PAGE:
Four years ago, Ceres and Sustainalytics produced a report that it called a roadmap for sustainability for the 21st century corporation, and noted that while there were pockets of leadership in sustainability, these pockets were surrounded by oceans of incrementalism that were insufficient to address the sustainability challenges confronting us. This year, celebrating its 25th anniversary, Ceres released an assessment of the Roadmap report with the uplifting title Gaining Ground. The bumper sticker: corporations are doing better at integrating sustainability into their souls.
That is worth celebrating, to be sure. Some of the specific candles on this celebratory cake include:
• More companies are incorporating sustainability performance into executive compensation packages.
• Over half the 613 companies evaluated in Gaining Ground are engaging investors on sustainability issues.
• Forty percent of the companies evaluated are engaging employees on sustainability issues.
• Over two-thirds of the companies have taken some steps to reduce greenhouse gas (GHG) emissions.
• Nearly fifty-eight percent of companies have established codes of conduct for suppliers that address human rights and other sustainability issues.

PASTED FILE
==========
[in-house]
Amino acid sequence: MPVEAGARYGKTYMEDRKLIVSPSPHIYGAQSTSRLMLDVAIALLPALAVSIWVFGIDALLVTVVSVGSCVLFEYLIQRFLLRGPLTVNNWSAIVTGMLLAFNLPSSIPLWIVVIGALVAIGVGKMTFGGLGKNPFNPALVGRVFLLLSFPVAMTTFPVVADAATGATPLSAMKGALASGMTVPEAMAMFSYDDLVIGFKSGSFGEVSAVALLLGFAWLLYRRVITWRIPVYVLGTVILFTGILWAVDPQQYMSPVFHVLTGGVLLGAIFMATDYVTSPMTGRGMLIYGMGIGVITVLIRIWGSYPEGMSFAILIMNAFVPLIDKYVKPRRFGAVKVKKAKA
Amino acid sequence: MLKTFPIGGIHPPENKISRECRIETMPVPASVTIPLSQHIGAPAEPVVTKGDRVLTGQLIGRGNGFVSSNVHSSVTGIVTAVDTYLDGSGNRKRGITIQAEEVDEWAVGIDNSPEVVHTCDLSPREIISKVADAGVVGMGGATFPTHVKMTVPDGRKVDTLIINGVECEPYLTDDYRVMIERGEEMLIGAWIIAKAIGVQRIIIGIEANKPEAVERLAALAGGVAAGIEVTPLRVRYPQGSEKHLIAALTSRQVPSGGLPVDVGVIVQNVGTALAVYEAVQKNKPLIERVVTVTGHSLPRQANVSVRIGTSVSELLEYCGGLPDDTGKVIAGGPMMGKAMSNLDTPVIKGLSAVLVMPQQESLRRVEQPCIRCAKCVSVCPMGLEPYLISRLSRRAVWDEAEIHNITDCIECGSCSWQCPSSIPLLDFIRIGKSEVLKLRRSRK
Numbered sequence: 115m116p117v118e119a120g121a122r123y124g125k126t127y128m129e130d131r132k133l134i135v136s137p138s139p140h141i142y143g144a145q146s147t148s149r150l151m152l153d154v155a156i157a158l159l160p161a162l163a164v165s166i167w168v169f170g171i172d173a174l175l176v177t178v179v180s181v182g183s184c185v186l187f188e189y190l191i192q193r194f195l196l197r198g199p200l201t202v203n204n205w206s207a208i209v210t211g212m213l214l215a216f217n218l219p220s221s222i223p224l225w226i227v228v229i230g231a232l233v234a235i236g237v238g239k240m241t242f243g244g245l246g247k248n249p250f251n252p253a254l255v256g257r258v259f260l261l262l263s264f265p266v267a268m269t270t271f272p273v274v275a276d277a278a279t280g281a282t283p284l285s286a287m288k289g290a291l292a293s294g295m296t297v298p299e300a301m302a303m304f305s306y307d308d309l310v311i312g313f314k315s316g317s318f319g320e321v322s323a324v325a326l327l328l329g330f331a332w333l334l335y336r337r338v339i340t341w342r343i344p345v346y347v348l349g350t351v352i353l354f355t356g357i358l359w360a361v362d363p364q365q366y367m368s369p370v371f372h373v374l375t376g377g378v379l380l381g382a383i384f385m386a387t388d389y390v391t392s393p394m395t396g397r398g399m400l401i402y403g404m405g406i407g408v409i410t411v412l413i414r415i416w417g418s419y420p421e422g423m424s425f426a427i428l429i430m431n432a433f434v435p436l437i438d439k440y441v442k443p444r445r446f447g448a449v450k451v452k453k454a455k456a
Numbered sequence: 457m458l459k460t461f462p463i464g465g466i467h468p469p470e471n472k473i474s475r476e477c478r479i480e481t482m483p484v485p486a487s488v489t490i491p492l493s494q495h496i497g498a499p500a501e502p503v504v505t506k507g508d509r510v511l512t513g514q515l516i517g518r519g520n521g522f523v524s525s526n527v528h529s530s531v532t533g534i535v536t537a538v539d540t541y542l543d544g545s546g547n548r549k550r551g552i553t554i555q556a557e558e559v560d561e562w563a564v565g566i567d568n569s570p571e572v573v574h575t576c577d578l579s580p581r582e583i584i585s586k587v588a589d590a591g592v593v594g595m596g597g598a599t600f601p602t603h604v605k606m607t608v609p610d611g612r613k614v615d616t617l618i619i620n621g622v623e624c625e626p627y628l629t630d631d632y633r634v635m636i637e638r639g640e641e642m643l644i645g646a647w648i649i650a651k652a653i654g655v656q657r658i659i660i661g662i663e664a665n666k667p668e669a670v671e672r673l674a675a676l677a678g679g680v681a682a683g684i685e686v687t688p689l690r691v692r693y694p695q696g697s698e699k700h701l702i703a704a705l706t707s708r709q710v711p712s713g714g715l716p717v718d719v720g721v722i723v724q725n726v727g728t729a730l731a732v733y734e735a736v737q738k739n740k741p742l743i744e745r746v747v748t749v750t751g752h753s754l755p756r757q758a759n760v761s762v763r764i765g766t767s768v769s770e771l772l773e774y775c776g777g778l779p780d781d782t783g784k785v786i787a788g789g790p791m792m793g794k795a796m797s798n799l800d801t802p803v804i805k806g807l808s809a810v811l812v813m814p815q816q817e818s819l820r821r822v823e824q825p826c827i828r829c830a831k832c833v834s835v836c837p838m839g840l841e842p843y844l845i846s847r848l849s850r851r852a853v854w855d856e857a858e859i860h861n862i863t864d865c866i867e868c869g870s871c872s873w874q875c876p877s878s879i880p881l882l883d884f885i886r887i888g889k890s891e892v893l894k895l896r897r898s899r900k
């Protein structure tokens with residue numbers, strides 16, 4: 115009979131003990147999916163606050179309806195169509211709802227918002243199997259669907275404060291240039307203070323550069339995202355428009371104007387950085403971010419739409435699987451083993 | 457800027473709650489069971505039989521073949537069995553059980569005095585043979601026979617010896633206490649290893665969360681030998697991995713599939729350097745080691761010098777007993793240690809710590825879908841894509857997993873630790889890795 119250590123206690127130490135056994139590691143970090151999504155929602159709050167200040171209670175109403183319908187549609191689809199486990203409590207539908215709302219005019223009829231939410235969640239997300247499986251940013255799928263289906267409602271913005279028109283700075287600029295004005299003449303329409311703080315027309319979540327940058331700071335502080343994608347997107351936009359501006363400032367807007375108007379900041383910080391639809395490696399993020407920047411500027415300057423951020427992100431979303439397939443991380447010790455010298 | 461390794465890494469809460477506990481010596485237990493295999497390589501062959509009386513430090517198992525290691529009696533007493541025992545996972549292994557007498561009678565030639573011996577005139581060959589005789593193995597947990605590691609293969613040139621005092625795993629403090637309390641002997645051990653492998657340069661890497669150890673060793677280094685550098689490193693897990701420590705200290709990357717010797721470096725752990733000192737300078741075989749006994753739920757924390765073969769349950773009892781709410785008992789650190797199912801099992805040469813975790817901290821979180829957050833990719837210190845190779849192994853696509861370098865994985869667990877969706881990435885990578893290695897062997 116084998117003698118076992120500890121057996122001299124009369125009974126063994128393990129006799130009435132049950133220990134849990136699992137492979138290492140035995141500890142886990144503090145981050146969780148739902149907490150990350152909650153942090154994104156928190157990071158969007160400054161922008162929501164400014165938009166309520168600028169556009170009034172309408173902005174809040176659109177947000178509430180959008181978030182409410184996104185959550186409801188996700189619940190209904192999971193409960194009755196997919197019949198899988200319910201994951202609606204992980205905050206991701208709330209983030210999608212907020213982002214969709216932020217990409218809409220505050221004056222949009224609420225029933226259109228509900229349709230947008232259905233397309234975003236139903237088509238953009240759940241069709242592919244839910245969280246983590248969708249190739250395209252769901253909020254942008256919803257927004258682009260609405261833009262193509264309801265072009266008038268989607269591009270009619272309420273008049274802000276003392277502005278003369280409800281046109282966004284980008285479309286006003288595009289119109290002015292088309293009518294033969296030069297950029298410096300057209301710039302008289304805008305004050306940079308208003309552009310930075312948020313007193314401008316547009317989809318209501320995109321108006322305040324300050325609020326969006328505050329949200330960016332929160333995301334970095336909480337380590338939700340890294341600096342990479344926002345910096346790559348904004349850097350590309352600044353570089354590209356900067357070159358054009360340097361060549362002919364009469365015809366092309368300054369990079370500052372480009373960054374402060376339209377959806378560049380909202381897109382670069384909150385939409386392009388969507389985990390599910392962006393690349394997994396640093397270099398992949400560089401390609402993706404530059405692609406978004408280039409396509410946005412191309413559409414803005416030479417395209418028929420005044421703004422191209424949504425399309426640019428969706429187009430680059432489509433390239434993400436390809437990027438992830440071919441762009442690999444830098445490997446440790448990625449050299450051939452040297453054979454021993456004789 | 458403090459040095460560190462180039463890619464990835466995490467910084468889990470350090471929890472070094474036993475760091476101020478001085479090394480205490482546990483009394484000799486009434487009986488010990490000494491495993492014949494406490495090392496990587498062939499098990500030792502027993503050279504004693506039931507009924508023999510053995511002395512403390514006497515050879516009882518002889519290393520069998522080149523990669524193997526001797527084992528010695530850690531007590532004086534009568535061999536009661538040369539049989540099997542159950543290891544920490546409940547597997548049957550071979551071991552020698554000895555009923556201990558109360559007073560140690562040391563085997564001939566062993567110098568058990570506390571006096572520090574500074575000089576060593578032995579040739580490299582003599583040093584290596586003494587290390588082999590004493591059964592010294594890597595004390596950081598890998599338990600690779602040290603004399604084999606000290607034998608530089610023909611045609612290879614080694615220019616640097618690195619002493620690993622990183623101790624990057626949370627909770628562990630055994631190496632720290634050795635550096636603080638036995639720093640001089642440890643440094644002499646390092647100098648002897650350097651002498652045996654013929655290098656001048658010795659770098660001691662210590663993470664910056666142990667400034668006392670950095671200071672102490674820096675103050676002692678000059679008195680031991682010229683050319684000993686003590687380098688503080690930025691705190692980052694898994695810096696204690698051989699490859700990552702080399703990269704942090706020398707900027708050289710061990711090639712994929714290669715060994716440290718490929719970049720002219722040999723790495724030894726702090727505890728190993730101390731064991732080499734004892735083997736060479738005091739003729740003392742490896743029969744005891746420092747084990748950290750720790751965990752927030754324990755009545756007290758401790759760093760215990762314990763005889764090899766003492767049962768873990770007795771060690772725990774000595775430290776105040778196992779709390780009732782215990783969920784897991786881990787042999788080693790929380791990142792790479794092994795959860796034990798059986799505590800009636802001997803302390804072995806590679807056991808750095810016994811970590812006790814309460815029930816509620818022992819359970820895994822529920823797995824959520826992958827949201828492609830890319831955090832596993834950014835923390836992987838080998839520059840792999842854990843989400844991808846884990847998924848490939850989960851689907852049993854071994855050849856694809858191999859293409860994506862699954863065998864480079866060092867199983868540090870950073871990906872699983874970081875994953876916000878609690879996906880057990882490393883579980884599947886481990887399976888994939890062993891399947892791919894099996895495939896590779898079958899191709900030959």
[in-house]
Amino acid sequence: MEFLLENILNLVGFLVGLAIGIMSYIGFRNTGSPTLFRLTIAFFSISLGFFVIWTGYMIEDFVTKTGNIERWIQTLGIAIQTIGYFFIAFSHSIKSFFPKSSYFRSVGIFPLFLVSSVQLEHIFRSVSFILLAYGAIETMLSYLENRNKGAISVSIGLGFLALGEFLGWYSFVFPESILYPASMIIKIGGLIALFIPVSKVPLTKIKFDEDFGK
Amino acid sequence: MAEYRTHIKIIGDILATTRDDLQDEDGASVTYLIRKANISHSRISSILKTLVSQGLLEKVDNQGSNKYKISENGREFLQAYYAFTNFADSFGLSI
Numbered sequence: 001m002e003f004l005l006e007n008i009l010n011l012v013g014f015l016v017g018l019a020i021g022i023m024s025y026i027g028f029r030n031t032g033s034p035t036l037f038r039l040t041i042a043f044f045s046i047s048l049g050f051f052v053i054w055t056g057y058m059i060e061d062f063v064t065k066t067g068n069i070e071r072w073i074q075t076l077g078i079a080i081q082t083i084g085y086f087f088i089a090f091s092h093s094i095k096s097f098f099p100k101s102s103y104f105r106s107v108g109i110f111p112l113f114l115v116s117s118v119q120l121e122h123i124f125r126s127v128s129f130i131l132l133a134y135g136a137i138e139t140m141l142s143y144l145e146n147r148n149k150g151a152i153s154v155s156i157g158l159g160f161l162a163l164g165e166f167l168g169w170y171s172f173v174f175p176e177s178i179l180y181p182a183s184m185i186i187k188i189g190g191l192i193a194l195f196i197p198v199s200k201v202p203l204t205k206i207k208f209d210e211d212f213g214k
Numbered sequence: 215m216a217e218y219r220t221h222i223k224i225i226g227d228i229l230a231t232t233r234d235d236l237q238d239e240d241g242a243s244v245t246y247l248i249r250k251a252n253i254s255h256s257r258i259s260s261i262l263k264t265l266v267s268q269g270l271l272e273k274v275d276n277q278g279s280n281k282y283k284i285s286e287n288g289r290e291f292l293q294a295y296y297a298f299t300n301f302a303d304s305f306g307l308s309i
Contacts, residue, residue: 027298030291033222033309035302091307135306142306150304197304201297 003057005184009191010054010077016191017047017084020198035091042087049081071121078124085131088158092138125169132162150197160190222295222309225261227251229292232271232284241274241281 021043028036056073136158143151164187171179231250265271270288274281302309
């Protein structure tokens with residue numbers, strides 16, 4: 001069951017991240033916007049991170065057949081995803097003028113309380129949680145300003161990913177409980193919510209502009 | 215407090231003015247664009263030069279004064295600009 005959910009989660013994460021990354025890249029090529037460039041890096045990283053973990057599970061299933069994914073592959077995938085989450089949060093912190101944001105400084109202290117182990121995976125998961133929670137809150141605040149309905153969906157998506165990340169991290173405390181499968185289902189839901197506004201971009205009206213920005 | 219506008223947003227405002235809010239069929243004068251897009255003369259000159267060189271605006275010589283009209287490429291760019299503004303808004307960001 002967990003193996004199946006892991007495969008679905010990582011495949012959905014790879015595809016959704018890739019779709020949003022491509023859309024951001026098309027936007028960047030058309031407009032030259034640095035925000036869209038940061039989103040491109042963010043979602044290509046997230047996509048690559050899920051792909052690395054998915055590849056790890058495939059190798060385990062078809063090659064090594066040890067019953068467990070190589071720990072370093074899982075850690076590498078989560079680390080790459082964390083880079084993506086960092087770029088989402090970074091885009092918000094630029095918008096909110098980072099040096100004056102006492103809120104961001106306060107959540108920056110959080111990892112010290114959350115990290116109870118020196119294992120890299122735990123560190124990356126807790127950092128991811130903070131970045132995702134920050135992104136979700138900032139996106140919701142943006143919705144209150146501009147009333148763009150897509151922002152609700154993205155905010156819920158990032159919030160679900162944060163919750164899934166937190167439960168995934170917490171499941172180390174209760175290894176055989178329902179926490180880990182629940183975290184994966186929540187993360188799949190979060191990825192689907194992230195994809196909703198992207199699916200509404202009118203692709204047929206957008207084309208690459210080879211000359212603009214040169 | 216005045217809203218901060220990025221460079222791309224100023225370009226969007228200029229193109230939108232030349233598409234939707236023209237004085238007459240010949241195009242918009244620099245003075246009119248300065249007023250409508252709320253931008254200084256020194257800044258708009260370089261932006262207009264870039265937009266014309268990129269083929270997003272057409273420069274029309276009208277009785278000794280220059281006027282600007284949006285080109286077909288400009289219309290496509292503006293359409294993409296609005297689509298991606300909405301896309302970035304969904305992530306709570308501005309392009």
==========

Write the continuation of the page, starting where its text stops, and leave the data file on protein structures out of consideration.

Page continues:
These are important milestones, ones that the companies should be proud of, and the investors and other stakeholders who encouraged them should chalk them up as accomplishments. If we are going to pass on to our children a world that provides at least as many opportunities for enrichment and fulfillment as our forebears did, these companies are the enablers.
But let us also remember that better is not the same as good enough. Reducing GHG emissions is great, but compared to the amount that we must reduce those emissions by in order to avoid crossing the 2-degree Rubicon, accomplishments to date are not adequate. Ceres and Sustainalytics also point out that there has been no significant uptick in the percentage of water-intensive companies that assess water-related risks. And while it is good that almost one-fourth of the companies tie executive compensation to measures of sustainability, it is useful to understand the history of executive compensation, and attempts to tie it to performance, which have not been terribly successful. Many companies tie performance-based shares to financial performance, but use a measure of financial performance, Total Shareholder Return, that does not appear to create much of an incentive for improved performance, according to a recent study. Performance measures that actually drive performance are not as common as they ought to be.
Progress is great, and Ceres and Sustainalytics deserve a great deal of credit for finding a medium and a message that helped to motivate the progress that has been made. Now it's time to amp it up.